President Rutherford B. Hayes vetoed a Congressional bill restricting Chinese immigration on the basis that it violated the 1868 Burlingame Treaty, which provided for unrestricted Chinese immigration into the United States.
The Chinese Exclusion Act was the nation’s first law to ban immigration by race or nationality. The act, which was renewed and enforced until 1943, banned Chinese immigration for ten years and prohibited Chinese from becoming citizens.
In Philadelphia, the Indian Rights Association was formed “to secure the Indians of the United States the political and civil rights already guaranteed to them by treaty and statute of the United States, and such as their civilization and circumstances justify.”
The first public performance of Buffalo Bill’s “Wild West” show took place in Omaha, Nebraska. The show featured dramatic exhibitions of elements of the old West, including roping, horseback riding, shootouts, and stagecoach robberies. It went on to great success, touring the United States and the world.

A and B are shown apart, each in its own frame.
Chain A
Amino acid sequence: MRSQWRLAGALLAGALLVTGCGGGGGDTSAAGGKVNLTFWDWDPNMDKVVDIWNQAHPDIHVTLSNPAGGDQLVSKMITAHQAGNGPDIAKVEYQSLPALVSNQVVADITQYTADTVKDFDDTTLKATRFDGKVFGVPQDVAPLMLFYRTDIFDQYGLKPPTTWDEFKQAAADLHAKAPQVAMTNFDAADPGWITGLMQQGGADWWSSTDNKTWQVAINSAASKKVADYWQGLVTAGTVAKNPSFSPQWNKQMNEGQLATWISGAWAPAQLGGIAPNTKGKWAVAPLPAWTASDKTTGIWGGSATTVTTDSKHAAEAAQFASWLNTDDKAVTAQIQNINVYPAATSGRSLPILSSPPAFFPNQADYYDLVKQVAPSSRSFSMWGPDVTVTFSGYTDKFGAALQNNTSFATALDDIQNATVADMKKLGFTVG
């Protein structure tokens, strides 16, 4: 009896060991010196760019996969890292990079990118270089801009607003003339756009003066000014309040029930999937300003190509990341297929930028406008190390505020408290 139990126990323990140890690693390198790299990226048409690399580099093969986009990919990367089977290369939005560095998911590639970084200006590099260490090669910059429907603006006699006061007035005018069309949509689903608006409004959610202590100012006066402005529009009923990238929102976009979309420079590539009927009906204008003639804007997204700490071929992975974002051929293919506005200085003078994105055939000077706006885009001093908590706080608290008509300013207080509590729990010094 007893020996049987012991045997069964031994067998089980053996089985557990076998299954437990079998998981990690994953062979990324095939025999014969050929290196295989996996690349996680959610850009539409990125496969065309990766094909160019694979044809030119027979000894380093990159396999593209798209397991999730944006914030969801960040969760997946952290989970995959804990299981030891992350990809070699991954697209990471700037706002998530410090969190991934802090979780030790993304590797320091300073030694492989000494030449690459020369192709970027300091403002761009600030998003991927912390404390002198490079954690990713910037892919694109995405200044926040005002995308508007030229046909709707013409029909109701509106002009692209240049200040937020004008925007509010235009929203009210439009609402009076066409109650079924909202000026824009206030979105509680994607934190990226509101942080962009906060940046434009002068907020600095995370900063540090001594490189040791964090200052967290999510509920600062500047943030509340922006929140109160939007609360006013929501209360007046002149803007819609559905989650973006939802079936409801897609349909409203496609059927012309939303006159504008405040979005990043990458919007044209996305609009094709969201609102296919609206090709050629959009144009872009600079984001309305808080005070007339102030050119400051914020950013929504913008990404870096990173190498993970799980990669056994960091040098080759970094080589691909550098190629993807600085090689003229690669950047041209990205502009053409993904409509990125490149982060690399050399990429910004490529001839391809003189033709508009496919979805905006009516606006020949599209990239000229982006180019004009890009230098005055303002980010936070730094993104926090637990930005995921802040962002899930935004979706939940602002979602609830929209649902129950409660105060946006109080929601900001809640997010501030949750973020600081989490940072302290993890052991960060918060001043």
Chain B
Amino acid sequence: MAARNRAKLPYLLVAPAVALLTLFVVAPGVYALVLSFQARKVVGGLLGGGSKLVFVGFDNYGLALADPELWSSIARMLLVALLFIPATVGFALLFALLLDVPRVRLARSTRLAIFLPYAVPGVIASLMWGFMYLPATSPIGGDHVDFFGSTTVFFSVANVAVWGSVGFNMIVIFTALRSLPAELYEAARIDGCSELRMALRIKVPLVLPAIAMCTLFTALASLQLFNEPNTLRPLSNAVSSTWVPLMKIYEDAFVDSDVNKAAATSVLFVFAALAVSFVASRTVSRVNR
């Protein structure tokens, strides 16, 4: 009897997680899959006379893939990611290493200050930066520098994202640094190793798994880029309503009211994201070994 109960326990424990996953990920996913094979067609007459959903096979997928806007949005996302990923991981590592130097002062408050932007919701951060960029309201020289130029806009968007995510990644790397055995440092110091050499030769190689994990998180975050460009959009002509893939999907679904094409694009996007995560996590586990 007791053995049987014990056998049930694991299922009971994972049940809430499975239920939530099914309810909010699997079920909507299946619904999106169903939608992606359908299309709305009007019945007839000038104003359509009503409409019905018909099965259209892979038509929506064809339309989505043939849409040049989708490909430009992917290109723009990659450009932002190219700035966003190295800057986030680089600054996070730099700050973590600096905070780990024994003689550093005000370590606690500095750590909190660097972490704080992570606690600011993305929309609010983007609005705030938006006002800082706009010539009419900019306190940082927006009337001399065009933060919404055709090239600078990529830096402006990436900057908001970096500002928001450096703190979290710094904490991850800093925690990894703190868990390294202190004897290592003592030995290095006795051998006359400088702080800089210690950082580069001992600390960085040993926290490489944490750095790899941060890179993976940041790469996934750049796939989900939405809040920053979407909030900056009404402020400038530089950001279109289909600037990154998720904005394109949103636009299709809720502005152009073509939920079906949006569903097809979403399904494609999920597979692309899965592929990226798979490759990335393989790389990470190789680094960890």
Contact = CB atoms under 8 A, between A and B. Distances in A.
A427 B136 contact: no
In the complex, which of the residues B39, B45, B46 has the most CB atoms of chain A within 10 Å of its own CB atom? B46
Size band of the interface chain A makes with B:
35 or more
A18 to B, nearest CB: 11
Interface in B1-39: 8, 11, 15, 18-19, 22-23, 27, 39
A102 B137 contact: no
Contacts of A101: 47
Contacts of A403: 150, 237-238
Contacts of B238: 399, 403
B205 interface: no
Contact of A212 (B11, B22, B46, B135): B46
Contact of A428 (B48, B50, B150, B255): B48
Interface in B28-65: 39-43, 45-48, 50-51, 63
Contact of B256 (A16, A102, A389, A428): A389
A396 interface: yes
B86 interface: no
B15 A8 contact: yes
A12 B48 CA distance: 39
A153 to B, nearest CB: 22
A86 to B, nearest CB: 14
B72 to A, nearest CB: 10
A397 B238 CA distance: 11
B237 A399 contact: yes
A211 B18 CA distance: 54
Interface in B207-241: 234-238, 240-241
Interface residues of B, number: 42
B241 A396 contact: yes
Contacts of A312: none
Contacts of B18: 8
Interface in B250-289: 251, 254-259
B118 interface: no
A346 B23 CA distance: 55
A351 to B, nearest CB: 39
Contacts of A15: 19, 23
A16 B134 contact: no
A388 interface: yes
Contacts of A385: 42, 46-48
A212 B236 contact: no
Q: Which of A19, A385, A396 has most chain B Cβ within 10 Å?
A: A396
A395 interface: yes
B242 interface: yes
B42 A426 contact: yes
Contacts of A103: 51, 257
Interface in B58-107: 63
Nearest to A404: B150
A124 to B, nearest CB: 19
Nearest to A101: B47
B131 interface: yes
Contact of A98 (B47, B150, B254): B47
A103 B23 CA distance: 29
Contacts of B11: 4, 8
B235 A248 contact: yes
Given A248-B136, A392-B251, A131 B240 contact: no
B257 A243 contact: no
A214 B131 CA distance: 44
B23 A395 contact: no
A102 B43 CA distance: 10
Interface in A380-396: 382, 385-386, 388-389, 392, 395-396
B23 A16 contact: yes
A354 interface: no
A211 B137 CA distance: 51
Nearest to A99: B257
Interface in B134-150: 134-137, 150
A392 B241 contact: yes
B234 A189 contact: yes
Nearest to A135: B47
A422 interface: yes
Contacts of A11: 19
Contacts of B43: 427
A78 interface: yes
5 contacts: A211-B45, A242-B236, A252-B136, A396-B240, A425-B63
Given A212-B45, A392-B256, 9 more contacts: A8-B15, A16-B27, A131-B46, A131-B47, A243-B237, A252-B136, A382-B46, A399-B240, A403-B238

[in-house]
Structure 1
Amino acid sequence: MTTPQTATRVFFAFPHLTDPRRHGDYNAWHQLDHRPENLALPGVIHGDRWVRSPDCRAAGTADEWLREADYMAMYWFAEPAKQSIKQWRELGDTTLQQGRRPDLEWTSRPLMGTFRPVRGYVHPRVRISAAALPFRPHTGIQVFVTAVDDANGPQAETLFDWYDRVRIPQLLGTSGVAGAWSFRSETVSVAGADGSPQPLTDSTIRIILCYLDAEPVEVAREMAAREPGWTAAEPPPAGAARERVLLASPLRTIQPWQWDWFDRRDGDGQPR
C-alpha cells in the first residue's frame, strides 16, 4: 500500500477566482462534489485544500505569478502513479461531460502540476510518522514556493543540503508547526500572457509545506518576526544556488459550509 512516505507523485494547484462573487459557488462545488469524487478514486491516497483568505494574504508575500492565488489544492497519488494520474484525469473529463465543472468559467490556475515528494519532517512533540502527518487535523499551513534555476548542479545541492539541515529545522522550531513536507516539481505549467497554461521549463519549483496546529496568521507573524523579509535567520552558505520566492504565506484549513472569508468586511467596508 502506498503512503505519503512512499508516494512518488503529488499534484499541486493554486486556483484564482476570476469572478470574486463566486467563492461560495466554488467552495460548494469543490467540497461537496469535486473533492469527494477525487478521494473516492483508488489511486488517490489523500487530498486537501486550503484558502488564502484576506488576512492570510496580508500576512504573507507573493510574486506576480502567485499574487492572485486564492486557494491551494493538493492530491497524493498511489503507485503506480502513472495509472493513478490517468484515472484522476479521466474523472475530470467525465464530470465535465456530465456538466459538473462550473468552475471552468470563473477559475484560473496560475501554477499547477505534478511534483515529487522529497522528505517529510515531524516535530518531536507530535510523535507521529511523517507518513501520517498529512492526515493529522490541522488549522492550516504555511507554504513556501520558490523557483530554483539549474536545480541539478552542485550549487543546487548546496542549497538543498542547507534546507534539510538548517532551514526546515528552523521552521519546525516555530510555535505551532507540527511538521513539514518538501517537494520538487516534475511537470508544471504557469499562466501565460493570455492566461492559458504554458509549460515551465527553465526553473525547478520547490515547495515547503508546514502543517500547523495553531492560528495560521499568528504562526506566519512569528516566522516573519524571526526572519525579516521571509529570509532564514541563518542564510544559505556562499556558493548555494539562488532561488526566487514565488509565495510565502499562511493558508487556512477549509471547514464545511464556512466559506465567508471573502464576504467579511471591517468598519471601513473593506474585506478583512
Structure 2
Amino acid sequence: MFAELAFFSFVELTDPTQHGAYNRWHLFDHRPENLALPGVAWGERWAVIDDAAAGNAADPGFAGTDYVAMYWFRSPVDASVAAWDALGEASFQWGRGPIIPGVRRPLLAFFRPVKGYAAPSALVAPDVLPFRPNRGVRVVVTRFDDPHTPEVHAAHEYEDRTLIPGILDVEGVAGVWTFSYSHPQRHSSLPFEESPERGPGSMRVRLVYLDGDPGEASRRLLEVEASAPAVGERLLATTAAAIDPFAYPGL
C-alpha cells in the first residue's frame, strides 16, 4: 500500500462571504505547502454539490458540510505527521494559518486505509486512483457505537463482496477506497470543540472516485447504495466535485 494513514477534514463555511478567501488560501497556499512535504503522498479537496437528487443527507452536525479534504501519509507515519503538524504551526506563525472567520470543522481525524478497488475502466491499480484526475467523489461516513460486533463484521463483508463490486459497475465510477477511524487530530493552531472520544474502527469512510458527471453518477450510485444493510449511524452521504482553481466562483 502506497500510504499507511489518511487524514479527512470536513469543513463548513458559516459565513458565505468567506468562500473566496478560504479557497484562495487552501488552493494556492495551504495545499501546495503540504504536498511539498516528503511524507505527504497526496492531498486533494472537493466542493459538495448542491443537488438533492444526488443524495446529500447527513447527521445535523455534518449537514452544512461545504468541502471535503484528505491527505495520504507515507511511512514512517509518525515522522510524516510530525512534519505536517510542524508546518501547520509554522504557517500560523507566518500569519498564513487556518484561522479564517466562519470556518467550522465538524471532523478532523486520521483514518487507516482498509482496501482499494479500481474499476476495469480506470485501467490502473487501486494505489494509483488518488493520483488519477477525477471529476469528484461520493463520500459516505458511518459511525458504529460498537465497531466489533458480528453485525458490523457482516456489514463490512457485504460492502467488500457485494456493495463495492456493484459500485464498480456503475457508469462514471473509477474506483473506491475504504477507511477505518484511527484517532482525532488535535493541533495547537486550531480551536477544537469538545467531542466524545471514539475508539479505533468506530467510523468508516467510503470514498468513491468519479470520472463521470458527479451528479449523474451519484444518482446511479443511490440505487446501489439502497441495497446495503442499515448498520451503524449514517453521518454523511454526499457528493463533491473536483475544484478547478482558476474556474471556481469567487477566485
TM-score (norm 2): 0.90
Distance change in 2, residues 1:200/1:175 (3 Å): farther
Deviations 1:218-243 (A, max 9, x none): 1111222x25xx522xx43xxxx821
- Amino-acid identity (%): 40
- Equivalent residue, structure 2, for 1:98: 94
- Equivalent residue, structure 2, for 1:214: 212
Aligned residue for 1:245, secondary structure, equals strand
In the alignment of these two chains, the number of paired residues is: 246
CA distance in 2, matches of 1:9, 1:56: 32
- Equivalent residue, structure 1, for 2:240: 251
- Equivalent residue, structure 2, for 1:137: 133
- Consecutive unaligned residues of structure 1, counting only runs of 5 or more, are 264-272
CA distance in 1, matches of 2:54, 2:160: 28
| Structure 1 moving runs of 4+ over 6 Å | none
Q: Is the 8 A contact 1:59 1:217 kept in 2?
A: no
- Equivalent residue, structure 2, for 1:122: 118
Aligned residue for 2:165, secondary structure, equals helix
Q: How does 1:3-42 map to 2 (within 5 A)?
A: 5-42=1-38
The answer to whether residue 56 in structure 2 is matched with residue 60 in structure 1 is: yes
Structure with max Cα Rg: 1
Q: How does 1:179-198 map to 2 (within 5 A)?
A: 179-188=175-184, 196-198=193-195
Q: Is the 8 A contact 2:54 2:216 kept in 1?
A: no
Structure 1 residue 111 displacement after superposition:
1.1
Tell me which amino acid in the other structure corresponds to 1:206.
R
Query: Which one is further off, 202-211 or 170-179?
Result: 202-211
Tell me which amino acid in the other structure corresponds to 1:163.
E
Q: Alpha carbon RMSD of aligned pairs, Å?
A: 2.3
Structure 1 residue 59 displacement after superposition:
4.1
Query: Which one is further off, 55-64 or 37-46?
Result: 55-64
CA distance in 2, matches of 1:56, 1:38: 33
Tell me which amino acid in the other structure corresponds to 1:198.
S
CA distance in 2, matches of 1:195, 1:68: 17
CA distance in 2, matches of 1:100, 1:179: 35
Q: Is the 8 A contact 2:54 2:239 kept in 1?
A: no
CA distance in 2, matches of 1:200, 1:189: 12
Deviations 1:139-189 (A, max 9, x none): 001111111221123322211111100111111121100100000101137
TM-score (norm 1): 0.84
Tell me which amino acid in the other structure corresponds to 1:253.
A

The Dawes Act, also known as the General Allotment Act, allowed Indian reservation land to be broken up into small allotments for sale to individual American Indians. The purpose of the act was to encourage Indians to become farmers, but the plots were too small to support families or to raise livestock.
The Forest Reserve Act authorized the president to set aside “forest reserves” from public domain lands to be managed by the Department of the Interior. “Forest reserves” later became National Forests.